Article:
• Still not had a chance to look at the corrections required for the ACL paper I talked about last time. They are due pretty soon though so I'll be getting right onto them. not least so that I can finally post the finished paper here and in my web space. We are also thinking about doing another poster for the local event, but the deadline for that is also soon so we'll see.

  • I am also supposed to be going to the Weblogging Ecosystem workshop next week. It is part of the World Wide Web Conference which is actually being held here in Edinburgh. This makes it very easy to get to, but we haven't sorted out registration yet. Leaving it late I know, online registration has certainly closed. It is being co-chaired by Matt Hurst (amongst others) who I may have mentioned previously. A bit of a homecoming for Matt, getting to see all his old haunts.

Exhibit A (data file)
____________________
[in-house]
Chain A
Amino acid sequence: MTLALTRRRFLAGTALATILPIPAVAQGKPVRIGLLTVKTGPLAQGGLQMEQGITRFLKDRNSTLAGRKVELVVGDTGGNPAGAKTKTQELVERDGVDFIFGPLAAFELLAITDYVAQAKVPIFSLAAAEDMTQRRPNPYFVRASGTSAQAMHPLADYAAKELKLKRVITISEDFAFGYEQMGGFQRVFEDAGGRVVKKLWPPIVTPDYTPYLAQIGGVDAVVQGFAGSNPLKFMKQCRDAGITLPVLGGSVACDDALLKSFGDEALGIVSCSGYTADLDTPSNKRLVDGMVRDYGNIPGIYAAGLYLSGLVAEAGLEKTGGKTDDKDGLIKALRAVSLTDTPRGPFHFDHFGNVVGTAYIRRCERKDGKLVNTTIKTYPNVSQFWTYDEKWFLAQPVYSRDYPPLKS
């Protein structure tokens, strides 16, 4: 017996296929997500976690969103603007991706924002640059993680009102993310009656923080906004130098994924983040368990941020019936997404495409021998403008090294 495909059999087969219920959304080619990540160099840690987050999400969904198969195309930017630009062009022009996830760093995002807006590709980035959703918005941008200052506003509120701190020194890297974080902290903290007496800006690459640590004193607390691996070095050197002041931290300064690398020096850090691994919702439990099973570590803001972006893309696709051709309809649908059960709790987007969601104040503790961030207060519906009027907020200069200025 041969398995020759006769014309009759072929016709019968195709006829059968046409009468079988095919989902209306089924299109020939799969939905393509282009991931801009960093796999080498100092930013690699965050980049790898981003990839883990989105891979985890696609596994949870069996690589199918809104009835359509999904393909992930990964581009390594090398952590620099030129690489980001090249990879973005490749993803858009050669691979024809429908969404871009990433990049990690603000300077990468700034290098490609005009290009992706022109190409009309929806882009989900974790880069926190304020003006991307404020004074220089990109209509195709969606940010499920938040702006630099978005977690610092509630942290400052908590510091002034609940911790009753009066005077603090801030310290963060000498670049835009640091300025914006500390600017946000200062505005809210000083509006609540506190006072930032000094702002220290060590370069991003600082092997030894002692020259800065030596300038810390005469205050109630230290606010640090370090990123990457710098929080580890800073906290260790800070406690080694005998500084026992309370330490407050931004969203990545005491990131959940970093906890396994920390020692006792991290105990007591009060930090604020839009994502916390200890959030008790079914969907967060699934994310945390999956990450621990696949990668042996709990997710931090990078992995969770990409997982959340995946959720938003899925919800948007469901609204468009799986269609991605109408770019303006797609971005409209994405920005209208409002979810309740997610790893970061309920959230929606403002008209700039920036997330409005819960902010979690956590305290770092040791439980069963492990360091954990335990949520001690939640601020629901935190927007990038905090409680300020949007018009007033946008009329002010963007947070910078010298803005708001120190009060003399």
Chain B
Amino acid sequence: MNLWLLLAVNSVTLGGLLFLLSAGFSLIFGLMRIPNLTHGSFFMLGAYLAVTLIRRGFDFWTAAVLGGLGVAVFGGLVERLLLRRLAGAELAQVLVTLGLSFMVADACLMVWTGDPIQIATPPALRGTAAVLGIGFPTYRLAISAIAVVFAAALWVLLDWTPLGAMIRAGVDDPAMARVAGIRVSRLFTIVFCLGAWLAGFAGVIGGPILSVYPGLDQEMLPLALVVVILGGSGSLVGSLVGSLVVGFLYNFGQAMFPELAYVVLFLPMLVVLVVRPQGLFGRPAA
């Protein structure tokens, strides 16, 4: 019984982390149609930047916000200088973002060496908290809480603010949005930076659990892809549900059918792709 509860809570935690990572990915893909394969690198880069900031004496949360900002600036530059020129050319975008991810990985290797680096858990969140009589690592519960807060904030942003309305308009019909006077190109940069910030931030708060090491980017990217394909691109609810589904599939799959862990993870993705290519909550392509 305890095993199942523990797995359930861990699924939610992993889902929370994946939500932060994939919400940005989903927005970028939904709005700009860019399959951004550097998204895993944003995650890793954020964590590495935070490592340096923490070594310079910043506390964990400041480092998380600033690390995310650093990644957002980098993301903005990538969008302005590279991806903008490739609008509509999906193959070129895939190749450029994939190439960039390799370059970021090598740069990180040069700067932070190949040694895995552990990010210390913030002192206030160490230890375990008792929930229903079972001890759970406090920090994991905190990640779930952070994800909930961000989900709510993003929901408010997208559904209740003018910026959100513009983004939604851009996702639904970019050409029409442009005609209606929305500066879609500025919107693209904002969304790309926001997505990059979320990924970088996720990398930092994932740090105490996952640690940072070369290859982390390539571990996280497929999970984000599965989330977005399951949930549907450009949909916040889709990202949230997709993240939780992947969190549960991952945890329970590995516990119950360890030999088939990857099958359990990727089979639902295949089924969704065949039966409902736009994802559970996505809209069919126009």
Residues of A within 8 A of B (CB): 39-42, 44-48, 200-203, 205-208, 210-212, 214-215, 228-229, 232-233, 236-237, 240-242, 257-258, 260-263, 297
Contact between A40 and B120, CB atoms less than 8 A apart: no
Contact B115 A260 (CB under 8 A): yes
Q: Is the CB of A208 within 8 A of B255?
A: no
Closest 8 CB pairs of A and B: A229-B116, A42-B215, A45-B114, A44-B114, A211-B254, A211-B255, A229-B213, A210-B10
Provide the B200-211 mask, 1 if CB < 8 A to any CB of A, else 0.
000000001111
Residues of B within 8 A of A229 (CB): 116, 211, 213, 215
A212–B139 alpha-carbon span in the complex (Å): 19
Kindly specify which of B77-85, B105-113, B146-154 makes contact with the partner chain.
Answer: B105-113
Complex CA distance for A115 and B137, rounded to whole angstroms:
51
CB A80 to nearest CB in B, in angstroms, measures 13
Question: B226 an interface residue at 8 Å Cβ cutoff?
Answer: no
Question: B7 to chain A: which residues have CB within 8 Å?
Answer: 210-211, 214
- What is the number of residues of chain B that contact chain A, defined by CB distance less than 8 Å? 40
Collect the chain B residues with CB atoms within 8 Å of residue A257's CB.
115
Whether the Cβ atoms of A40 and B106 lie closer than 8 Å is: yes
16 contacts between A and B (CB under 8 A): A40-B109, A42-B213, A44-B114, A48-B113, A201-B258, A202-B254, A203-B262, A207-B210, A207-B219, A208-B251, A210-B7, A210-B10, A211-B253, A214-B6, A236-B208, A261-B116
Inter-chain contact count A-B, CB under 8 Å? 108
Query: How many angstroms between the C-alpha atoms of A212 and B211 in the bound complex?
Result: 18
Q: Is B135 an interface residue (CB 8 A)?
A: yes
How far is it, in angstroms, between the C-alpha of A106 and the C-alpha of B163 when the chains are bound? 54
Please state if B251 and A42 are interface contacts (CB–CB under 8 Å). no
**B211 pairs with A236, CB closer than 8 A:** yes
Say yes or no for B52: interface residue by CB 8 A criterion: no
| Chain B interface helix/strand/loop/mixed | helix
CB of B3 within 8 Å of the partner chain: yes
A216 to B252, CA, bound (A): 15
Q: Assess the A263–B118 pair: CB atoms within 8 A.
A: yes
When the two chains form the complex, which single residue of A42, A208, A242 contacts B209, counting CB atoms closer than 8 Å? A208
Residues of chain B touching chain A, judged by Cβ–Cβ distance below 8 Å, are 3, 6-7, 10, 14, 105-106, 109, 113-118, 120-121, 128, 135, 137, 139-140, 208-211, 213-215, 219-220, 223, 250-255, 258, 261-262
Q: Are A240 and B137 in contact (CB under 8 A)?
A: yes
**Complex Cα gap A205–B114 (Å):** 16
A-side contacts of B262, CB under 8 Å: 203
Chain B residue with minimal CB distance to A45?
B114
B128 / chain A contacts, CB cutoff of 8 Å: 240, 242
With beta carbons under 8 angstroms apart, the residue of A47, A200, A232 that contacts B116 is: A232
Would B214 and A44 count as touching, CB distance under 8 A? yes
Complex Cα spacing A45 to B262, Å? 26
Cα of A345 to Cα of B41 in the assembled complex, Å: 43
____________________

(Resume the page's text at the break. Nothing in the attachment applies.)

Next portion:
There are a few other things which I could talk about, but I feel I've taken enough of people's time right here, so I'll save these for another day. I'm not even going to mention the issues I've been having concerning broken glasses, new trial mis-aligned contact lenses, and withdrawn cleaning solution!!

Wednesday, May 03, 2006
Get In There
Conference Acceptance

So I finally heard the news I had been expecting for the past couple of months: our paper was accepted to CoLing/ACL. For anyone who doesn't know, this conference brings together two of the largest (if not the two largest) computational linguistics conferences around. A super conference if you will. This year it is being hosted in Sydney. Which will be very nice. It will technically be winter over there, but no doubt it'll still be nicer than much of the summer over here.

I shall say more about the contents of the paper when I get a chance to post a link to it (I'm blogging from home right now, and I'd like to see the reviewers comments first). The title kind of lets you know what it's about though:

Whose thumb is it anyway? Classifying author personality from weblog text.